Red Hat’s Thinking On 2-Tier Integration - ‘Inter-App’ and Inner-App  

Red Hat’s use of two-tier integration to support modern apps and traditional integration are grounded in Red Hat’s long-time focus on lightweight integration.

“One of our core competencies for years has been our ‘light-weightness,’ particularly for middleware,” Piech said, noting its long-time JBoss Enterprise Application Platform. “That focus on delivering integration in a much smaller size has pre-disposed us to be ready for containers.” 


The result: a unified platform that can seamlessly work with both legacy on-prem integration with the needs for new-gen hybrid and cloud-native apps – all without limiting innovation or breaking crucial integrations. 


Red Hat’s latest offerings “bring to the surface some of the significant issues in this transition we’re in from pre-cloud to cloud,” Piech told IDN.  He described it this way:

There is essentially a hierarchy of integrations at this point, with many different levels of integration happening end-to-end. 

There is old-style integration let’s call it, such as ESBs, messaging and so on.  There are also integrations for an application, because today those apps can be composed of macroservices, individual microservices, and other integrations with on-premise, cloud or even external third-party services.

The thinking behind these two levels of integration can sound all well and good in theory, but in practice, it can be hard to deliver them in a way that developers can easily use them (without too much complication) and reliably (where they won’t break in operations).

Red Hat’s ‘recipe’ for delivering this dual-purpose formula for legacy and cloud is based on bringing together two ingredients – containers + lightweight integration.


“Today, every bit of Red Hat middleware is available in a containerized format that's optimized for Kubernetes, container orchestration, CI/CD and lifecycle management,” Piech said. “This really lets Red Hat provide a powerful iterative rapid application development.”  


“This focus on lightweight-ness has driven a lot of our software over many years, and that much smaller size pre-disposed much of Red Hat software to be ready to be put into containers,” he added, “Every bit of Red Hat middleware now is available in containerized format in a way that's truly optimized for and taking advantage of Kubernetes, container orchestration, CI/CD and lifecycle management.”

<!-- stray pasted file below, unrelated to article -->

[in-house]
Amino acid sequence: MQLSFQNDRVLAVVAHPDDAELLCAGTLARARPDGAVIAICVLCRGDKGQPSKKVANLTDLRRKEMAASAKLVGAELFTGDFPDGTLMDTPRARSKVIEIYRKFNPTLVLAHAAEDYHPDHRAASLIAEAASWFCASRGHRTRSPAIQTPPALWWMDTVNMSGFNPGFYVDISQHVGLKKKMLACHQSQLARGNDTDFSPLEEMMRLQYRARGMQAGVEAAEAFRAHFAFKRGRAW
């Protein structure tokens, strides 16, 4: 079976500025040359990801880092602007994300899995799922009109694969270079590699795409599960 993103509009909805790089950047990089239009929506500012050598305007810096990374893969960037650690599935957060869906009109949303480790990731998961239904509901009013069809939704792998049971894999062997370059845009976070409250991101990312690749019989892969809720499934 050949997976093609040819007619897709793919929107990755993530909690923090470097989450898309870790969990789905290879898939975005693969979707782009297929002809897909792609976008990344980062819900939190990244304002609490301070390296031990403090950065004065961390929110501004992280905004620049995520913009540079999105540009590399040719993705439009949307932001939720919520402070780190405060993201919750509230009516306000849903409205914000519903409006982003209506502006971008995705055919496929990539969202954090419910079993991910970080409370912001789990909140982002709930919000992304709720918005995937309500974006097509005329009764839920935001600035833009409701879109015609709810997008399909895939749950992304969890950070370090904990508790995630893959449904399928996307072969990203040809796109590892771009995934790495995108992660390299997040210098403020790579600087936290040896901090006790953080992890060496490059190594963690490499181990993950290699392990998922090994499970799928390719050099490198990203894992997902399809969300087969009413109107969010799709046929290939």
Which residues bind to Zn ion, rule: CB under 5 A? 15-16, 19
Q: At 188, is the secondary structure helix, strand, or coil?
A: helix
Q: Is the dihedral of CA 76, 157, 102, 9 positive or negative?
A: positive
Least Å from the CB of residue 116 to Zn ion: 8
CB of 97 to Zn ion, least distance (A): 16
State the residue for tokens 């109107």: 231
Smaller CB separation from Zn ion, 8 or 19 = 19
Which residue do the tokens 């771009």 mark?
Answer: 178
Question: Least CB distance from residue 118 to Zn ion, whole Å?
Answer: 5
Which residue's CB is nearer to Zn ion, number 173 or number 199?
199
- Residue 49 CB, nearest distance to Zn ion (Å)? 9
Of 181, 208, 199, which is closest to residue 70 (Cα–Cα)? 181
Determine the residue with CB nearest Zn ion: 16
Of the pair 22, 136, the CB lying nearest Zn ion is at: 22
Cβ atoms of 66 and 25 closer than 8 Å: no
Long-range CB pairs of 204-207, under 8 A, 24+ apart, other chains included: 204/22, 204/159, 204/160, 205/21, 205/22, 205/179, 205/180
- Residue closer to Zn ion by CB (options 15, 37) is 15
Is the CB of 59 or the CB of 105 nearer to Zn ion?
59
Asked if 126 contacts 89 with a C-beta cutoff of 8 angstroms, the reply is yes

The result: “We’ve made the individual chunks of code that constitute integration small enough and light enough to stand inside of a small workload with a minimize runtime or minimum amounts of tailored code,” Piech said. “This enables powerful iterative rapid application development.”


The Power of Containers + Lightweight Integration (Container-Ready)

Red Hat’s 2-ingredient recipe also ‘bridges’ the world’s pre-cloud, hybrid and cloud-native, Piech advised. 


Combining containers + lightweight integrations (which are already container-ready) breaks open a world of new possibilities for app integration and app developers, he added.  


“Five years ago, integrating workloads needed a lot of extra baggage. But, by getting integration to work optimally with containers, we’ve eliminated a lot of overhead and complexity,” he said.   So, beyond the ability to abstract a lot of complexity, Red Hat has also been able to add in extra critical support for hybrid and cloud-native apps with Apache Kafka streaming, event-driven flows and even integrations with rules engines and BPM (business process management).


Another important element is that integration is driving a rich spectrum of new tasks faced by today’s developers and IT ops professionals.  Piech defined the process as follows:

So look at today’s software. Instead of a small number of big things you need to connect, such as application silos, you've got a large number of smaller things.

One implication of all that is once you've decomposed functionality into this larger number of smaller things, you got a lot more things talking to each other.  You’ve got a  lot more things that need to communicate with each other. So. In a way, an implication of that is that there's a lot more integration that happens at different levels.